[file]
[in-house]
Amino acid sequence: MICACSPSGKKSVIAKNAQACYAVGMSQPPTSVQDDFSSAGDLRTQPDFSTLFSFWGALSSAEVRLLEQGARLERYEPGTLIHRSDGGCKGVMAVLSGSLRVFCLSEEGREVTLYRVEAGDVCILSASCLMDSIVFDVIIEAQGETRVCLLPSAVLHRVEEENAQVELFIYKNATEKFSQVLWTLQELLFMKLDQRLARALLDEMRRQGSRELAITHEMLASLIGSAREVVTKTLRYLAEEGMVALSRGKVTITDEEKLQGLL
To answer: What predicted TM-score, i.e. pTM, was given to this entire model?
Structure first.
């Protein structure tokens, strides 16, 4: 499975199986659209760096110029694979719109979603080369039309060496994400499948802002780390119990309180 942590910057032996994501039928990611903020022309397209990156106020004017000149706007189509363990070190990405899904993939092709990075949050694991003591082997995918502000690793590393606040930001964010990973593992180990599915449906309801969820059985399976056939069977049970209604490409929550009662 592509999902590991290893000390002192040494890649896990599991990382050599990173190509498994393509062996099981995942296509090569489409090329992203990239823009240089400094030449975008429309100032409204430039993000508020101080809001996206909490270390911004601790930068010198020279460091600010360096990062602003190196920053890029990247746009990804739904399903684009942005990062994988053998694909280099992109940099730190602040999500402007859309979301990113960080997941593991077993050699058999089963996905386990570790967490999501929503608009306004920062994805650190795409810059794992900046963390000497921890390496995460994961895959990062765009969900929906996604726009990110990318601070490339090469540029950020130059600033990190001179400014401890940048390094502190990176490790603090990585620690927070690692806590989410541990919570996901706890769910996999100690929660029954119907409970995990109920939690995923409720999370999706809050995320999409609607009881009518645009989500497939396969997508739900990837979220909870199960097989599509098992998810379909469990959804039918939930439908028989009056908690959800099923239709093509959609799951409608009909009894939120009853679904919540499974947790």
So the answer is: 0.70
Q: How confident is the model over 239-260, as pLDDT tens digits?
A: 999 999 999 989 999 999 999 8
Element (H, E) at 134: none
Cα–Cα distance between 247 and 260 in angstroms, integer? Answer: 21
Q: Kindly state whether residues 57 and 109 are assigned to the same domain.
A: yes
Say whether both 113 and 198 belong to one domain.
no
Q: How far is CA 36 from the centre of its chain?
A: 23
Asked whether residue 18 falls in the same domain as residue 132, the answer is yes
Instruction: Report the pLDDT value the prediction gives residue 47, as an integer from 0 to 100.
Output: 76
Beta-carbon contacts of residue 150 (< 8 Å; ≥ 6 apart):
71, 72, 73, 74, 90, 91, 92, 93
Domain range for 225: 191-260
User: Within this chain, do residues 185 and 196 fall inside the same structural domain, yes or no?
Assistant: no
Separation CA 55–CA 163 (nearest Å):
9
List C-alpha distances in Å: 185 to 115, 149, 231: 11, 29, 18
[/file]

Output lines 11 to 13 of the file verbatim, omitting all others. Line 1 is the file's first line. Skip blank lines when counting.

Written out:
Q: Kindly state whether residues 57 and 109 are assigned to the same domain.
A: yes
Say whether both 113 and 198 belong to one domain.